Kyocera serves Myanmar's non-electrified households with solar power

26, Sep. 2019

Micro solcar power grid developed by Kyocera Communication Systems Co. with a local partner in a township in Bago Region, central Myanmar. (Photo courtesy of Kyocera)
Micro solcar power grid developed by Kyocera Communication Systems Co. with a local partner in a township in Bago Region, central Myanmar. (Photo courtesy of Kyocera)

YANGON,NNA - Japanese environmental engineering firm Kyocera Communication Systems Co. is tapping Myanmar's underdeveloped electricity supply market, building micro solar power grids to serve non-electrified villages in the country.

Kyocera Communication Systems Kinetic Myanmar Co., its local joint venture, began operating two power grids this month to serve a total of nearly 1,000 households in Myanmar, the venture's chief operating officer Toru Mikami said in an interview with NNA on Monday.

The joint venture started running its first 96.1 kilowatt-capacity, solar-powered grid in May to supply electricity to about 600 households in a township in Bago Region, where most villagers make a living from livestock farming and rice cultivation.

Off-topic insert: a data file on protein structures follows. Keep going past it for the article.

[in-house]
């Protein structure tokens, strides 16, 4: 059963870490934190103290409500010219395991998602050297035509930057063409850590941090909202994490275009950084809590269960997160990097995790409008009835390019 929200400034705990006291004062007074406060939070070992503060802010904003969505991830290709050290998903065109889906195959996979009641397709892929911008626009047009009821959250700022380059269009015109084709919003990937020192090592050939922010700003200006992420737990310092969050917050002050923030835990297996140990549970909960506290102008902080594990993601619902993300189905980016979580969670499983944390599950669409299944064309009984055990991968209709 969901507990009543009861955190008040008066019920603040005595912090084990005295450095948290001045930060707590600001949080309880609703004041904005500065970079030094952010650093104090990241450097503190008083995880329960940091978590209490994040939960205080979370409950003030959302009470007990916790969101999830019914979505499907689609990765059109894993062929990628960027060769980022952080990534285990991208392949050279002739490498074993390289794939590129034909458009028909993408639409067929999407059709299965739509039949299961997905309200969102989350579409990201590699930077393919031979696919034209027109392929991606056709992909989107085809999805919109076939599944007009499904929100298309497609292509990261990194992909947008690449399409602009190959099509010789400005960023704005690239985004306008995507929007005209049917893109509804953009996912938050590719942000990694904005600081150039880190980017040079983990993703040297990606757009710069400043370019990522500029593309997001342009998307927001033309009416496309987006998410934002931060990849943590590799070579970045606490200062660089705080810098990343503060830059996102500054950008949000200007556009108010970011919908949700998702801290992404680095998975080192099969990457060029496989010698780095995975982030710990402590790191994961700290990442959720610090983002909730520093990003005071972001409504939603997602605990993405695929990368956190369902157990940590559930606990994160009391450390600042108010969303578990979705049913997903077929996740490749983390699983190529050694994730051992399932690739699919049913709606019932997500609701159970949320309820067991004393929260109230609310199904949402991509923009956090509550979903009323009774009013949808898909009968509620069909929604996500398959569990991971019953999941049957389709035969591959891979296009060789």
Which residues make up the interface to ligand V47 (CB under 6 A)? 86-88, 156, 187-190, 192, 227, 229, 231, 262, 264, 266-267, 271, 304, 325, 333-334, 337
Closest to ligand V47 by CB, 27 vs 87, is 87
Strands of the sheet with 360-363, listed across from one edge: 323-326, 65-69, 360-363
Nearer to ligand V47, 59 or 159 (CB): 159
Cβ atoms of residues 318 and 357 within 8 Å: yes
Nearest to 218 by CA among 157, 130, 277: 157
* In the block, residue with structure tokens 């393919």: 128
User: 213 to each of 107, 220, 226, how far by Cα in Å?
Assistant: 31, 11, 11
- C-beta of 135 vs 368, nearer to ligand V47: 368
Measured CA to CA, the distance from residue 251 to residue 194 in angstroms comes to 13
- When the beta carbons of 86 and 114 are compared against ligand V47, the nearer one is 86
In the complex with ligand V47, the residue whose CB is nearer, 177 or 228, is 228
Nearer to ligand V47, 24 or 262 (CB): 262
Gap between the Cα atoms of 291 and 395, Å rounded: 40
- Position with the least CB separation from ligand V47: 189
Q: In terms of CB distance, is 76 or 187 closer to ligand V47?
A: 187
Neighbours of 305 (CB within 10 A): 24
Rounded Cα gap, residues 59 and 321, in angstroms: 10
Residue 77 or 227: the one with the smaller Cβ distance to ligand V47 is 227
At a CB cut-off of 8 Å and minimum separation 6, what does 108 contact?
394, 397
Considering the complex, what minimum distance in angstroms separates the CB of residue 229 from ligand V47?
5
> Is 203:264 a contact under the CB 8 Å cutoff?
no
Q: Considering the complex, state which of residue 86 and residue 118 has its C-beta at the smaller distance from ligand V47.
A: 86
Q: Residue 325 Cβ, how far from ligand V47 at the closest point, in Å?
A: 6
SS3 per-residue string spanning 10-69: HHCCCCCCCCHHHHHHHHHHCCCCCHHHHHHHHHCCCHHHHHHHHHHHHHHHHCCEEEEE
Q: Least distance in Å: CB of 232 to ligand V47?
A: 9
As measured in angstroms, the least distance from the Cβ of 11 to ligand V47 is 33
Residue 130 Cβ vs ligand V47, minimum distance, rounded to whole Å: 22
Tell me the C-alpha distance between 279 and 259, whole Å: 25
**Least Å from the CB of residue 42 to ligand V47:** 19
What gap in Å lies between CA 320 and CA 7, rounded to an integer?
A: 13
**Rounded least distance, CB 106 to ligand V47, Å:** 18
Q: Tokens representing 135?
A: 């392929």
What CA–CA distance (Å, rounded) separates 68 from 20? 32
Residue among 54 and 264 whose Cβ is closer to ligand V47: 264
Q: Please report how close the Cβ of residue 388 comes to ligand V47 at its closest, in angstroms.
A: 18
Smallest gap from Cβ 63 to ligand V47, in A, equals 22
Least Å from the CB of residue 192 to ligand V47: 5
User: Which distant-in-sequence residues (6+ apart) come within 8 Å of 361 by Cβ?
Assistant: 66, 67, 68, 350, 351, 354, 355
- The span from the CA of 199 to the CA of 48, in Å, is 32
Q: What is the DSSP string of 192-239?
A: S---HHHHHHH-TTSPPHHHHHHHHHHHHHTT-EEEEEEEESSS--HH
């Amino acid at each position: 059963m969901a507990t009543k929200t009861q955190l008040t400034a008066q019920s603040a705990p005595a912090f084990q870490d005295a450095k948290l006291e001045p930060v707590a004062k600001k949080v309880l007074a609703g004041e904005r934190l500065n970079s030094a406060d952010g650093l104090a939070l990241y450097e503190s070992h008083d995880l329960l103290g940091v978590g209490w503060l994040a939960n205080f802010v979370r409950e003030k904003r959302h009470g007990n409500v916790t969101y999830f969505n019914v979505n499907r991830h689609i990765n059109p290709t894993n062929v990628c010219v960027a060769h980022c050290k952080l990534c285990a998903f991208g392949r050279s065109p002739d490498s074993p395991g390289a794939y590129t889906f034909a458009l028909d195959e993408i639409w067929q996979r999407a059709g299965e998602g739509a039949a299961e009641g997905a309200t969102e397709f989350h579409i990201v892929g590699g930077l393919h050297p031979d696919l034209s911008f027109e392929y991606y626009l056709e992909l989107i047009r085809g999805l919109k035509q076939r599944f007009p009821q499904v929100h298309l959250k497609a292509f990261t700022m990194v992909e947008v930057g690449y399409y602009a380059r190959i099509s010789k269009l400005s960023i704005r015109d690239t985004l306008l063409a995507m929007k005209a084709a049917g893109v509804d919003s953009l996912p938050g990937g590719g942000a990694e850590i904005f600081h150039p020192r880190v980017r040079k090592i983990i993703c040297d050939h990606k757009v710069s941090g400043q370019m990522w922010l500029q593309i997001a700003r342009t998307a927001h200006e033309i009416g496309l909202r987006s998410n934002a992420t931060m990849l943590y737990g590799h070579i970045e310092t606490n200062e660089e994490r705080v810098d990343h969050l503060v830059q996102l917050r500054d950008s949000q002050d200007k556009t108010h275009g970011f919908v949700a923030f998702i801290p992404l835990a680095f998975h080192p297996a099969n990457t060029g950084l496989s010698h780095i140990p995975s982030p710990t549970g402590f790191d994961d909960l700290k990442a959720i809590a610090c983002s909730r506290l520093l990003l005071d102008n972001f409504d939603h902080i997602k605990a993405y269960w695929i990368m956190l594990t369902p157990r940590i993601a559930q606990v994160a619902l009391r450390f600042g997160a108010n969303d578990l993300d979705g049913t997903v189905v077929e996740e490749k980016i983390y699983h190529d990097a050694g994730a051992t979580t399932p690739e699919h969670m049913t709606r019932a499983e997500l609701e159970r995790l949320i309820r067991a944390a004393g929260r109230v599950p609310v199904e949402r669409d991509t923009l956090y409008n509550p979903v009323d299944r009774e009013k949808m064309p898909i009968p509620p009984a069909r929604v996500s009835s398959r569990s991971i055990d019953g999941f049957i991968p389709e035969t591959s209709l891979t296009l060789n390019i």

The off-grid township is around a 10-hour drive from the country's commercial capital Yangon.

The local unit was established in September 2018 with Kinetic Myanmar Technology Co., a major internet and renewable energy service provider, with Kyocera Communication Systems Co. holding a 54 percent stake. It operates a second power grid to provide electricity to 350 households in other townships, Mikami said.

The subsidiary of major Japanese electronic parts maker Kyocera Corp. aims to penetrate the Myanmar market, where the electrification rate is as low as 40 percent, according to the Japan Myanmar Association, an industry body promoting economic and social ties between the two nations.

The Myanmar government is gearing up to improve and extend national grids with Japanese financial assistance while promoting the development of small power grids in remote areas such as mountainous and fishing villages, in which solar power generation is expected to play a big role, according to Mikami.

Under a building, operating, transferring scheme agreed with the government, the local venture imports solar panels and manages the operation and maintenance of power generation facilities.

It plans to carry out an experimental trial of digital payment services via smartphone with the help of state-backed Myanmar Posts and Telecommunications, Mikami said. (NNA/Kyodo)